He is an 'ambitious and scheming individual.' A hardliner on India, his elevation as Chief of the Army Staff does not bode well for Indo-Pak relations. And he will not toe (Nawaz) Sharif's line over a longer period.'
That was the prophetic gist of a secret telegram sent to Delhi by then Indian high commissioner to Pakistan Satish Chandra when Prime Minister Nawaz Sharif appointed General Pervez Musharraf as Pakistan's army chief in October 1998.
Chandra, now 63, was high commissioner to Islamabad from 1995 to 1998.
Appointed Deputy National Security Advisor from January 1999 to February 2005, he participated in the Indo-US Security and Non-Proliferation Dialogue. An expert on disarmament, he was also permanent representative to the UN in Geneva from 1992 to 1995.
In an exclusive interview with Senior Editor Sheela Bhatt, Chandra discusses the pros and cons of the nuclear deal agreed by Prime Minister Manmohan Singh during his visit to United States, and strikes a note of caution.
Prime Minister Manmohan Singh's visit to the US has been hailed as a great success. Do you agree with that view?
There are several facets to it. In some areas the visit has been good. With the United States being a hyperpower and only superpower, it is in India's interest to try and find the areas of commonality and work with them in those areas. I think the PM got an excellent welcome. Though this is entirely not an unusual thing.
In a number of areas like democracy, terrorism, agriculture, energy cooperation we will work together. There are very, very wide areas. This is the continuation of policies which India has been pursuing for the last six or seven years.
However, I would like to inject a note of caution even in those areas where commonalities of interests have been found.
For example, we have said that both countries will work together in areas of democracy and terrorism. We have to ask ourselves how much the US has actually done in these areas. In our neighbourhood, we have undemocratic regimes like Pakistan. What has the US done about it?
Or on the issue of terrorism, what have they done? Quite honestly, the US is selective in its application and in handling of these areas of cooperation.
I think we need to be very cautious. And even in positive areas there is a lot of rhetoric. We will have to wait and watch to see what will actually happen.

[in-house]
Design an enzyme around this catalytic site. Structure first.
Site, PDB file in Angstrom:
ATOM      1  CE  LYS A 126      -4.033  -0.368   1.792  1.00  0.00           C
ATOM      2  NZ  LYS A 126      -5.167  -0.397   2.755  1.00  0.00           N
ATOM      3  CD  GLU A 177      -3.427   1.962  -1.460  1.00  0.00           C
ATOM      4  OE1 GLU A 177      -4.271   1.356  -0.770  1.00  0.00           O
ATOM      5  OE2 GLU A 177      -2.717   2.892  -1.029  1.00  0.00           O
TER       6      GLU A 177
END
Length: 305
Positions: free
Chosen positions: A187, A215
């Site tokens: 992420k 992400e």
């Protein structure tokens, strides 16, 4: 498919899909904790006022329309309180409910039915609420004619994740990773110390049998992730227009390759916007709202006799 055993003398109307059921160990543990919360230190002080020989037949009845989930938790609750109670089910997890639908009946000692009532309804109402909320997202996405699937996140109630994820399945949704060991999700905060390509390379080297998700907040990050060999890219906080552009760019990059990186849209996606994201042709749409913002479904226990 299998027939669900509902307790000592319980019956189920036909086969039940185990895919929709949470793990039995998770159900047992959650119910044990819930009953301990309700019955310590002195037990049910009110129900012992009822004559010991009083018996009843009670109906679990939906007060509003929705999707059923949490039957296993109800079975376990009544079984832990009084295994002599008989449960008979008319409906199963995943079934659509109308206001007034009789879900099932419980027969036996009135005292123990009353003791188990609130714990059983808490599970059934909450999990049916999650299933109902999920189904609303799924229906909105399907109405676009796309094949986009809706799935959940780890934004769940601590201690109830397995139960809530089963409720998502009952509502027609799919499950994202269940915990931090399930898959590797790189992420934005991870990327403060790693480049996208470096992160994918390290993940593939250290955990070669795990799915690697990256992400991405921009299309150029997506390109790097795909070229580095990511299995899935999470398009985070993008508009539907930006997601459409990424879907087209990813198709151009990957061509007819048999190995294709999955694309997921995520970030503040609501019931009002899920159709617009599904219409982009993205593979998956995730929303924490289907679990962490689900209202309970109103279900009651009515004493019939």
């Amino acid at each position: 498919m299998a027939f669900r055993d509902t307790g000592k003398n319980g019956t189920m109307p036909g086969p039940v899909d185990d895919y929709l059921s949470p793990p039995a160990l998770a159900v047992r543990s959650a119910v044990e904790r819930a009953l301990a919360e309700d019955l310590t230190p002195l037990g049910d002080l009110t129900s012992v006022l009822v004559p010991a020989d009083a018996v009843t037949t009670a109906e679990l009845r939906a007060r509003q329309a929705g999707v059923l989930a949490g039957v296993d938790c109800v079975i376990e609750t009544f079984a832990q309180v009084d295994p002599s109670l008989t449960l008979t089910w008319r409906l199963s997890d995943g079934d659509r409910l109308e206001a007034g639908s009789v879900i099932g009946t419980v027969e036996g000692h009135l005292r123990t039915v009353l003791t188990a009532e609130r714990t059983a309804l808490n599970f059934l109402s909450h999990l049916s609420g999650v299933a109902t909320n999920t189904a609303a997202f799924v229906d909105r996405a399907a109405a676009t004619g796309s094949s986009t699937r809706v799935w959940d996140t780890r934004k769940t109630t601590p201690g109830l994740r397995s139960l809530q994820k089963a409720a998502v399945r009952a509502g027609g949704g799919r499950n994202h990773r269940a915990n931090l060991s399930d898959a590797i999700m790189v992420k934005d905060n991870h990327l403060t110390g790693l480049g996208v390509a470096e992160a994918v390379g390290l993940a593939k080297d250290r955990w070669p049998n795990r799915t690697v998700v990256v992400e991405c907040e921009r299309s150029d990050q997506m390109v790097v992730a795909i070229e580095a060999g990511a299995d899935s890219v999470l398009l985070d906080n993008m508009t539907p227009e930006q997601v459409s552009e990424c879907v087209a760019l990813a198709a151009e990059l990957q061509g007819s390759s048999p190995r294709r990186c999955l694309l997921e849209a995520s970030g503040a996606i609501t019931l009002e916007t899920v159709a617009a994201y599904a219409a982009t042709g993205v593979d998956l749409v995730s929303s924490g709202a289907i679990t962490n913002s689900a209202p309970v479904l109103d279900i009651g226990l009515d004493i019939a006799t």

How do you see the latest nuclear pact?
In these some points are good. Like the cooperation in ITER (International Thermonuclear Experimental Reactors). But here again, there are caveats as to whether India will be included in the group of countries which are participating in it.
Talking about the controversy regarding nuclear energy I think so much controversy has been generated about nuclear energy that the importance of the main issue has been lost.
The main issue of the PM's US visit should have been getting US support for the United Nations Security Council seat. That issue was completely lost. I would have considered the visit a major success if the US had at least said that we support India as much as we support Japan. The issue has been glossed over and everyone is involved in other games.
I don't share the optimism and euphoria that has engulfed our media that the visit has been a great success just because there is apparently clear recognition on the US side to have full cooperation on the nuclear issue. I don't think the US has recognised India as a Nuclear Weapons State. Nowhere in the joint statement is it mentioned that India is a Nuclear Weapons State.
But they have almost said it. It is 'de facto' recognised.
It is not even de facto. Actually, what is said here is that the 'country will acquire the same benefits and advantages as other leading countries with advanced nuclear technology' such as the United States.
But many countries have advanced nuclear technology. Japan can become a nuclear weapons state with more advanced capabilities probably than India. It is believed that in three weeks time they can put their technology in place. Brazil and Germany are not Nuclear Weapons States, but they too have know-how.
What we wanted was recognition as a Nuclear Weapons State. That has not been given to us, it is merely mentioned that we are having 'advanced nuclear technology.'
Now, let us debate the core point of separating Indian civilian and military nuclear facilities. This is the commitment we have made. There is no similar commitment, even on the issue of fuel supply, from the US.
The Joint Statement says 'the United States will work with friends and allies to adjust international regimes to' enable India get energy cooperation. But it is not a commitment.
The US side is conditional but India has made A commitment. We don't know how long (the US) Congress will take to change the laws. How long can India afford to wait?
On the US side there is a conditional assurance. On the Next Steps in Strategic Partnership we have delivered but the US has not fully delivered.(Interviewer's note: The NSSP is now declared concluded.)
Presuming that the US will change its law in due course I would still say no. Because separating our civilian and military nuclear facilities is a near impossibility and will cause enormous problems.